Verrilli and Saenz positioned the administration’s immigration policy on deferment as categorizing certain groups of people as low priority for deportation to focus deportations on criminals, terrorists and border apprehensions instead.
     Texas argued, however, that deferred groups under DAPA would have their immigration status transformed.
     Alito seemed to doubt Saenz’s argument that under DAPA parameters an undocumented immigrant could sue a potential employer if that employer believes deferred status does not amount to authorization to work.
     “If that’s true then, DAPA gives them a legal right,” Alito said. “It’s more than just putting them in a low-priority prosecution status.”
     Saenz asserted that the issue of work authorization bears no relation to the issue of Texas’ alleged injury from having to provide driver’s licenses to undocumented immigrants.
     While each of the justices kept the government’s attorney on his toes, the female justices in particular dominated the second half of the hearing when an attorney for Texas gave his argument against DAPA.
     Sotomayor wasted no time jumping in before Texas Solicitor General Scott Keller could finish his second sentence.
     “How can you say that?” she interjected after Keller called DAPA “an unprecedented unlawful assertion of executive power,” and claimed it to be “one of the largest changes in immigration policy in our nation’s history.”
     Sotomayor reminded Keller of the 1990 Fairness Act, which granted deferred action and work authorization to 40 percent of the undocumented population at the time.
     Keller characterized the older law as “a voluntary departure program,” however, and said a question with such “deep economic significance” would require Congress to grant statutory authority first.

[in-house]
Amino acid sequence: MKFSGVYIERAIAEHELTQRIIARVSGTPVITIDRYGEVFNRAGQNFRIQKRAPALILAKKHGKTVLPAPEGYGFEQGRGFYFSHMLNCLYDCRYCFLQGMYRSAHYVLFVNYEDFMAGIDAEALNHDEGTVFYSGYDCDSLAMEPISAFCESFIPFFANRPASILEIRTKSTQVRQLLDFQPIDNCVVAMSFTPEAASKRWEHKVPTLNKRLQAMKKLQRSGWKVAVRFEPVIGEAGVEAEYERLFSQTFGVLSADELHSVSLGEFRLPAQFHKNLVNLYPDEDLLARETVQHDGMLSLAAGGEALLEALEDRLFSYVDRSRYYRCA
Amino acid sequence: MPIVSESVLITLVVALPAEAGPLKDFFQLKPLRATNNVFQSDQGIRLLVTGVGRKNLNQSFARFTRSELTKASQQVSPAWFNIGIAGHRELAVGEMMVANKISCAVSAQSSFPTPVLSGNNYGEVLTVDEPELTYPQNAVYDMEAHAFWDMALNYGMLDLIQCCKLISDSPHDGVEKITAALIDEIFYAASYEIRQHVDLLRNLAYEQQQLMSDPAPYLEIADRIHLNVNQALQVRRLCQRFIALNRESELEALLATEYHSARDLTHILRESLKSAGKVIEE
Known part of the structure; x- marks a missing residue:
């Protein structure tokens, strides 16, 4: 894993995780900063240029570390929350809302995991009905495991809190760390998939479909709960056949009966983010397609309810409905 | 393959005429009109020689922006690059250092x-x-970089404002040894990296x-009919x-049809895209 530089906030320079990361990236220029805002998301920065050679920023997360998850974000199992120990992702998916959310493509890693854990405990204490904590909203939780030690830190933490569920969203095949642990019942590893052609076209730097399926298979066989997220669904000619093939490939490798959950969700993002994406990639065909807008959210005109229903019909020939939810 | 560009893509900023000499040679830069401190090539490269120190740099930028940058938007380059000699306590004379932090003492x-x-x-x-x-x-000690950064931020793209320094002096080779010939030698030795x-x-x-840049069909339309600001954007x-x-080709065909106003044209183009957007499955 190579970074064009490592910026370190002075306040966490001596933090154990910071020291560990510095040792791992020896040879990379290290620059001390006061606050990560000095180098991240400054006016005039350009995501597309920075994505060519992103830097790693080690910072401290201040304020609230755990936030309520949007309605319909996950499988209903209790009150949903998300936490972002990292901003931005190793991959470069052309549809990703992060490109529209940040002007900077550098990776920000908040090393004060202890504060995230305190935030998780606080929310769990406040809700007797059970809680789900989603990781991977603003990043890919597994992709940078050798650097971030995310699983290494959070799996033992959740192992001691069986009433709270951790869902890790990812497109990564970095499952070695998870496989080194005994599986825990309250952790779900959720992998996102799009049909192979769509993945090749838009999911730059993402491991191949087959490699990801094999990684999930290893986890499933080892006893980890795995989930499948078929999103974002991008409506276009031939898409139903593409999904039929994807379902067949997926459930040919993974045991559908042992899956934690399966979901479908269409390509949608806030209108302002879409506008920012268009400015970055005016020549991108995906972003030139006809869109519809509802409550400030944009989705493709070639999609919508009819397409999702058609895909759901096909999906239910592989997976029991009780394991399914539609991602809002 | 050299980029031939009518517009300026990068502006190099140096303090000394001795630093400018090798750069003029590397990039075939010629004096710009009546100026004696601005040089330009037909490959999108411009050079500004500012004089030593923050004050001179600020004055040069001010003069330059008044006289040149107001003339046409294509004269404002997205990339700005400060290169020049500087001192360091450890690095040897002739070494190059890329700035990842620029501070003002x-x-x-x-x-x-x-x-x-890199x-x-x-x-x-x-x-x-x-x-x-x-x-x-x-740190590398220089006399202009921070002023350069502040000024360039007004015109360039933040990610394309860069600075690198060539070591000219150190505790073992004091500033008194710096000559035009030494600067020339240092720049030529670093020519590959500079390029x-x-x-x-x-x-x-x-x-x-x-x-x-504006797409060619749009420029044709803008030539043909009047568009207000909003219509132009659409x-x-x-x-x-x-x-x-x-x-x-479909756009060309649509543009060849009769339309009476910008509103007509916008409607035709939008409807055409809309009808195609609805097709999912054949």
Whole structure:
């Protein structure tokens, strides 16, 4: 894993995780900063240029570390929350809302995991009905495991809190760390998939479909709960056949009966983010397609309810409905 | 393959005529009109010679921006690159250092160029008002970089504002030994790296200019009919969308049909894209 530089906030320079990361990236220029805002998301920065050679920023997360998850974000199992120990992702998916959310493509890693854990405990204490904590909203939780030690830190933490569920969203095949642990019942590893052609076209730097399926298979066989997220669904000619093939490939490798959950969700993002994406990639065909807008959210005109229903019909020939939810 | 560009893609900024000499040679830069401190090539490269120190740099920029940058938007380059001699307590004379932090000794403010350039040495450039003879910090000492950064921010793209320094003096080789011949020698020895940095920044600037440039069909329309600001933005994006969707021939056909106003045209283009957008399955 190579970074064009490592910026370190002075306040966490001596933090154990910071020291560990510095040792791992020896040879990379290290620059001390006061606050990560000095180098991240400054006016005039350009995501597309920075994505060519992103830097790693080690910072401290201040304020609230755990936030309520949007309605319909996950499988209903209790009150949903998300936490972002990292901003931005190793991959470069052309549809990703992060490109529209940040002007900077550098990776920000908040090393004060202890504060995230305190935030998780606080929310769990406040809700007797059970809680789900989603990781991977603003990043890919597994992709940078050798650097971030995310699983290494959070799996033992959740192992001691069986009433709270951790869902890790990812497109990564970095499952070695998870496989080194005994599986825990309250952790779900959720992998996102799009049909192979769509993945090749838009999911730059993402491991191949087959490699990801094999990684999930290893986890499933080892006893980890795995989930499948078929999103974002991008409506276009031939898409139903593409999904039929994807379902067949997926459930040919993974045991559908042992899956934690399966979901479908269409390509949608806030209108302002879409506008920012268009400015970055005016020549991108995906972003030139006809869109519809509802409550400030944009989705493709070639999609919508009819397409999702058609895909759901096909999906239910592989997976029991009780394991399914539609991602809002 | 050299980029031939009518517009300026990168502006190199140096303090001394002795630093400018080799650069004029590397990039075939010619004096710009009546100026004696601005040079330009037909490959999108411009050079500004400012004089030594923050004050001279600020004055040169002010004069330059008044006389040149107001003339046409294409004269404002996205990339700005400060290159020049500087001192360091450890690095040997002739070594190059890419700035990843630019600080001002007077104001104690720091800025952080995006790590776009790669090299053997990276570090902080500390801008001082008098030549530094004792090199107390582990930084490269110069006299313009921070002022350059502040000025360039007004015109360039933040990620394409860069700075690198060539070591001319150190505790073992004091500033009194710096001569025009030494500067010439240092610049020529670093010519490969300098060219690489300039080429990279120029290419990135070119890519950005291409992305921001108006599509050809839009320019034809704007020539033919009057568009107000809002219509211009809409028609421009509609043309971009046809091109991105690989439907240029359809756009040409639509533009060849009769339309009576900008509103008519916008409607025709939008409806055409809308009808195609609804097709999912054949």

“You know, you keep saying that, ‘deep economic significance,'” Sotomayor retorted. “Those nearly 11 million unauthorized aliens are here in the shadows. They are affecting the economy whether we want to or not.”
     She added: “If Congress really wanted not to have an economic impact, it would allot the amount of money necessary to deport them, but it hasn’t.”
     Justice Elena Kagan took a turn grilling Keller, suggesting he should attack work-authorization regulations, not DAPA.
     Keller dug in his heels, asserting that DAPA is “transforming unlawful conduct into authorized lawful conduct.”
     Redirecting toward the issuing of driver’s licenses, Keller said it would cost Texas millions, and the state would struggle to process the paperwork from an uptick in applications.
     Previous precedent undermines the argument that states can sue the federal government just because something will cost them more money, said Justice Stephen Breyer.
     “Taxpayers all over the country will be suing in all kinds of cases, many of which will involve nothing more than political disagreements of all kinds,” Breyer said. “And before you know it, power will be transferred from the President and the Congress, where power belongs, to a group of unelected judges,” he continued.
     Sotomayor echoed Breyer’s sentiment.
     “That really pits the states against every federal agency,” Sotomayor said. “”And any harm, financial harm that indirectly flows from a change in policy would be subject to attack.”
     In closing rebuttal statements, Verrilli said that the Supreme Court will invite a flood of litigation if it upholds the lower court rulings.
     “If you want proof of that, it already exists,” he said. “Texas is already using this theory to sue the United States based on the resettlement of Syrian refugees in Texas, and that will just be the beginning.
     The court is expected to issue a ruling on the case in late June.